The self-help genre of books is a divisive category. Some think of these guides as the secret to unlocking personal wellness, inner peace or financial stability; books that will make you feel more confident, solve your relationship woes and lead to a life of wealth. Others see the self-help aisle and immediately conjure up a scene akin to one from Sex and The City, in which Charlotte ventures into that contentious section of the bookstore and finds herself surrounded by crying customers.
But regardless of your thoughts on the genre, it’s a class of reading material that will continue to endure. What’s curious is that while it has weathered all the ebbs and flows of the publishing industry, one of those more recently popular offshoots has seemed to give self-help a notable boost: audiobooks. Throughout the most-listened-to lists on platforms like Libby and Audible, you’ll regularly find self-help books that fail to rank near the top of lists for physical books or ebooks that are the most borrowed or bought. As global popularity for recorded books you can easily download and digest through a pair of headphones gains steam, the popularity for audiobooks seems to be keeping apace.
According to the Association of American Publishers, downloaded audio increased by 19.8 percent from February 2019 to February 2020, and non-fiction audiobooks increased by 10 percent from 2018 to 2014, with self-help as one of the main subcategories.
“Self-help is always high on the list and I do think it’s because people do want to learn and they are using things like commute and travel to better themselves,” says Michele Cobb, executive director of the Audio Publishers Association.
Cobb reports that most people listen to audiobooks during a commute to work, relaxation before bed, or while doing a hobby like knitting or walking. The key to self-help’s popularity might be found within this fact. No one should be ashamed of wanting to better themselves, but it’s true that self-help carries something of a stigma. Consuming your book about breaking bad habits in work or relationships might simply be something you don’t want your fellow commuters to see you avidly reading. Similarly, it’s simply easier to throw on an audiobook you might be slightly chagrined at buying into if you tell yourself it’s just an accompaniment to your productive activity.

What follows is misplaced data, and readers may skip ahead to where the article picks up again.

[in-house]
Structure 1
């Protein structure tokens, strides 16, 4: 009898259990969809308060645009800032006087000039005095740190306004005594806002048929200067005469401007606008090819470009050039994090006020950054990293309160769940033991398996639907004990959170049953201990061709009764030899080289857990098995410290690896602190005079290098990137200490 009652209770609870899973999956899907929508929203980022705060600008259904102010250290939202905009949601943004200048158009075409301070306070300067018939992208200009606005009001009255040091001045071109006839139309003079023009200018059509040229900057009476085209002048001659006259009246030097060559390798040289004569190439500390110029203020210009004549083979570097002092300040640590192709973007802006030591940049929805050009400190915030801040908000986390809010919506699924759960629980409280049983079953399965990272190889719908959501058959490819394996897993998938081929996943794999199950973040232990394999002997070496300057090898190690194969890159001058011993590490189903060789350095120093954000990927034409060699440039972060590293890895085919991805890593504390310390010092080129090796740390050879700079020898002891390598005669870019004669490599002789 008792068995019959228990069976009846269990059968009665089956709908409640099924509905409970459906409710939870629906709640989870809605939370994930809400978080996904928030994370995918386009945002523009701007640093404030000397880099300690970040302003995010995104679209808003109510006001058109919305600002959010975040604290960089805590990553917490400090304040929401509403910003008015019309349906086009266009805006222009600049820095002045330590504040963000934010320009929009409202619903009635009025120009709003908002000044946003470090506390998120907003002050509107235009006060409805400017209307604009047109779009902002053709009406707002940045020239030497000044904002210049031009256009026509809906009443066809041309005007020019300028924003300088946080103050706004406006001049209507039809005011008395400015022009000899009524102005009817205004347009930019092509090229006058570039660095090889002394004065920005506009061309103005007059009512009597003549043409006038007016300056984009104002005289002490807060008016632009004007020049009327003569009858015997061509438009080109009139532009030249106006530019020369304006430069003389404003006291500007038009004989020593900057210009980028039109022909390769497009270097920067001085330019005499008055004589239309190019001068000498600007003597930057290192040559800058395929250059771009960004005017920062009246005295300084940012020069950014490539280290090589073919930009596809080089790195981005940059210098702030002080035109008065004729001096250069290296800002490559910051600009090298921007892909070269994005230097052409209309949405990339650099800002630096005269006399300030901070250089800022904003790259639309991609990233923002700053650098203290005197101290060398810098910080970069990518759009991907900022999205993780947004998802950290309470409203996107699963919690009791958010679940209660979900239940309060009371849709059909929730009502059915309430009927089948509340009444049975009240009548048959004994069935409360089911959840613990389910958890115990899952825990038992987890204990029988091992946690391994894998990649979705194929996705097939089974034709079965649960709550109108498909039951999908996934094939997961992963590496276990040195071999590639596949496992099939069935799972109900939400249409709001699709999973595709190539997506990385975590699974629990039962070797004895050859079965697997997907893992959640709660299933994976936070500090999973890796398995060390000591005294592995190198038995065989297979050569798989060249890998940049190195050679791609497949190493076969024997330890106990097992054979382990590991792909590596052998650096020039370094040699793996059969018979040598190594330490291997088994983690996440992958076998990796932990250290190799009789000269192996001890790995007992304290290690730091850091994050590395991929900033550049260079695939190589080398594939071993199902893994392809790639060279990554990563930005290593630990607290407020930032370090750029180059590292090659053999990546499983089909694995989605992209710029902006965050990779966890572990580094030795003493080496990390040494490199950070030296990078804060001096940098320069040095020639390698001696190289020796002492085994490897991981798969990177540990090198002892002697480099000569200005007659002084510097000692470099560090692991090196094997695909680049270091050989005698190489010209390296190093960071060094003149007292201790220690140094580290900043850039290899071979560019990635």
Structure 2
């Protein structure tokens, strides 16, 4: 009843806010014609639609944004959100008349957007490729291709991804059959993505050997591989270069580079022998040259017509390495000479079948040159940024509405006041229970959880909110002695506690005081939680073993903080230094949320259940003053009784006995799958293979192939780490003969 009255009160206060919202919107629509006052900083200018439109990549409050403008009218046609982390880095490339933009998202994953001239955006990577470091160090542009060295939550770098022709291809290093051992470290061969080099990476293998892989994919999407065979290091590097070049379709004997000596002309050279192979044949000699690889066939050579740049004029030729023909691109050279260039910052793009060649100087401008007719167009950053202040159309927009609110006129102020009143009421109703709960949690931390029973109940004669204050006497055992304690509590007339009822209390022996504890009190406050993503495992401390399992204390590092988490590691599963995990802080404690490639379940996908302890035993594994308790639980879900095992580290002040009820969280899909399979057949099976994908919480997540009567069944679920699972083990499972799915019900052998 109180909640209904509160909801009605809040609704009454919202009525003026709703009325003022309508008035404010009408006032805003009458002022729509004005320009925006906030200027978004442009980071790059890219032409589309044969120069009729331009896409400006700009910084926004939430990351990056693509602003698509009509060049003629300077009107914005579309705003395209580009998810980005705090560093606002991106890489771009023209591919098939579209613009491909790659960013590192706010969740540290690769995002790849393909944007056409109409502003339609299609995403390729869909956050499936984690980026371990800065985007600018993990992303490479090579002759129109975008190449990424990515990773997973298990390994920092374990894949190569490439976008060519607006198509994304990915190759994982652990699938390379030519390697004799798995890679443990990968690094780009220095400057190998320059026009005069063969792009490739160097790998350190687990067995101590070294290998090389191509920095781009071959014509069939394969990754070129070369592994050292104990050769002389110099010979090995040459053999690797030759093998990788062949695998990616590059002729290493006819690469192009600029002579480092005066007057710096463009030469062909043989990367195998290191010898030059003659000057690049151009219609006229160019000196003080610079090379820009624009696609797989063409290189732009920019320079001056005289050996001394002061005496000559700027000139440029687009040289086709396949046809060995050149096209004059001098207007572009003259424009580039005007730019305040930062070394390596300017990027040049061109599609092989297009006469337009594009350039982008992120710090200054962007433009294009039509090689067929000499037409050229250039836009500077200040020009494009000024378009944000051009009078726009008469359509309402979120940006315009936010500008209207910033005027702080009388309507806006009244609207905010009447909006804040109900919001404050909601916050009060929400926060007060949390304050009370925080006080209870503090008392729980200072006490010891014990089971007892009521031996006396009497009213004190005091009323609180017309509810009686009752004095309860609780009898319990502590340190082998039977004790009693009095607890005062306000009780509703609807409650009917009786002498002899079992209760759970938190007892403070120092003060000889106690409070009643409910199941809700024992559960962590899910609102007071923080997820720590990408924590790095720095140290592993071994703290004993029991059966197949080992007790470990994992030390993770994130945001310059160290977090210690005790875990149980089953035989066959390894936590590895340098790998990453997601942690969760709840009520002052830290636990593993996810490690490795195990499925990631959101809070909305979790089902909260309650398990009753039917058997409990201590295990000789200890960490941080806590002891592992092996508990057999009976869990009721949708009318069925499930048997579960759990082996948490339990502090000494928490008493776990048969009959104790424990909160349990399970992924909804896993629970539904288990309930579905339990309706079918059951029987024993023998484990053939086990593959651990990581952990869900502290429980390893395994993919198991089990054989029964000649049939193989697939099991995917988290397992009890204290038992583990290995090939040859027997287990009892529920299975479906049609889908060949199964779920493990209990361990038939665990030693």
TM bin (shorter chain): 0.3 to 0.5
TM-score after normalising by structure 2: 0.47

But at the same time, it’s curious that this same trend can’t be said to be taking place in the podcast industry. Certainly self-help podcasts exist, but not with the popularity of audiobooks. Again, it’s possible this comes down to the public perception of the genre. Being published lends them an air of authority that podcasts don’t necessarily have, which audiobook producers are careful to cultivate. For example, when choosing the narrator Cobb says, “a narrator can make or break an audiobook.” The publisher decides if the author of the book or a professional narrator voices the recording. Unlike a lifestyle or health podcast, Cobb says very different skills are needed to narrate an audiobook. One must modulate their voice and meet the expectations of the reader in order for the book to come to life, whereas podcasts are much more conversational.
Of course, audiobooks continue to be popular across genres, and different platforms for listening will show different popular trends. But what is clear is that thanks to the rise in consumers eager to listen to books read aloud, self-help might not only be getting a boost but perhaps even opening up a gateway to new “readers” put off only by the task of paying a visit to their local bookstore or library’s self-help section. Now, you can browse online and find the advice you’re seeking while off on a run, out doing errands or getting to one of the many overwhelming tasks that might have made you turn to self-help in the first place.